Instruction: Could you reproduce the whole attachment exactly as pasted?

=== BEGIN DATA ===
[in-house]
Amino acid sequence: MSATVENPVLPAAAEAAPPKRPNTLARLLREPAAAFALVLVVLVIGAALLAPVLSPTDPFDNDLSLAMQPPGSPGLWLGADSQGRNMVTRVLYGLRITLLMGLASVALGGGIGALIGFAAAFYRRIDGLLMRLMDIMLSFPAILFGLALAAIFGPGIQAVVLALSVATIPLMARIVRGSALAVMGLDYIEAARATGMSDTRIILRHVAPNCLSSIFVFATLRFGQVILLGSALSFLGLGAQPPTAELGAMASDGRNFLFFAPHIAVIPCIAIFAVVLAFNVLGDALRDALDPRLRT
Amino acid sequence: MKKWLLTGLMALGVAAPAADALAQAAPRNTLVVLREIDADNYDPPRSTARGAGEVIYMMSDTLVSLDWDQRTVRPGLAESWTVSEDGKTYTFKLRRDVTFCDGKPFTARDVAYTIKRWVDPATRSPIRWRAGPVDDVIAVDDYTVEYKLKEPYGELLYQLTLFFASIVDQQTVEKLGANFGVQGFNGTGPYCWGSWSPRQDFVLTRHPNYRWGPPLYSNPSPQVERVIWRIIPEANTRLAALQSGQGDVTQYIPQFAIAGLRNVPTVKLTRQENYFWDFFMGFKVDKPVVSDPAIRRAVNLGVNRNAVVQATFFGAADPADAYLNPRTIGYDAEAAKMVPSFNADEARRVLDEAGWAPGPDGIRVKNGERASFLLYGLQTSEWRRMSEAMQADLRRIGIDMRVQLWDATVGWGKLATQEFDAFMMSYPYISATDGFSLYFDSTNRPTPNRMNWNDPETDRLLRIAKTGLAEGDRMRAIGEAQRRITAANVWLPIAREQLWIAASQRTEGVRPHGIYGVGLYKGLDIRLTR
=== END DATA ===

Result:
[in-house]
Amino acid sequence: MSATVENPVLPAAAEAAPPKRPNTLARLLREPAAAFALVLVVLVIGAALLAPVLSPTDPFDNDLSLAMQPPGSPGLWLGADSQGRNMVTRVLYGLRITLLMGLASVALGGGIGALIGFAAAFYRRIDGLLMRLMDIMLSFPAILFGLALAAIFGPGIQAVVLALSVATIPLMARIVRGSALAVMGLDYIEAARATGMSDTRIILRHVAPNCLSSIFVFATLRFGQVILLGSALSFLGLGAQPPTAELGAMASDGRNFLFFAPHIAVIPCIAIFAVVLAFNVLGDALRDALDPRLRT
Amino acid sequence: MKKWLLTGLMALGVAAPAADALAQAAPRNTLVVLREIDADNYDPPRSTARGAGEVIYMMSDTLVSLDWDQRTVRPGLAESWTVSEDGKTYTFKLRRDVTFCDGKPFTARDVAYTIKRWVDPATRSPIRWRAGPVDDVIAVDDYTVEYKLKEPYGELLYQLTLFFASIVDQQTVEKLGANFGVQGFNGTGPYCWGSWSPRQDFVLTRHPNYRWGPPLYSNPSPQVERVIWRIIPEANTRLAALQSGQGDVTQYIPQFAIAGLRNVPTVKLTRQENYFWDFFMGFKVDKPVVSDPAIRRAVNLGVNRNAVVQATFFGAADPADAYLNPRTIGYDAEAAKMVPSFNADEARRVLDEAGWAPGPDGIRVKNGERASFLLYGLQTSEWRRMSEAMQADLRRIGIDMRVQLWDATVGWGKLATQEFDAFMMSYPYISATDGFSLYFDSTNRPTPNRMNWNDPETDRLLRIAKTGLAEGDRMRAIGEAQRRITAANVWLPIAREQLWIAASQRTEGVRPHGIYGVGLYKGLDIRLTR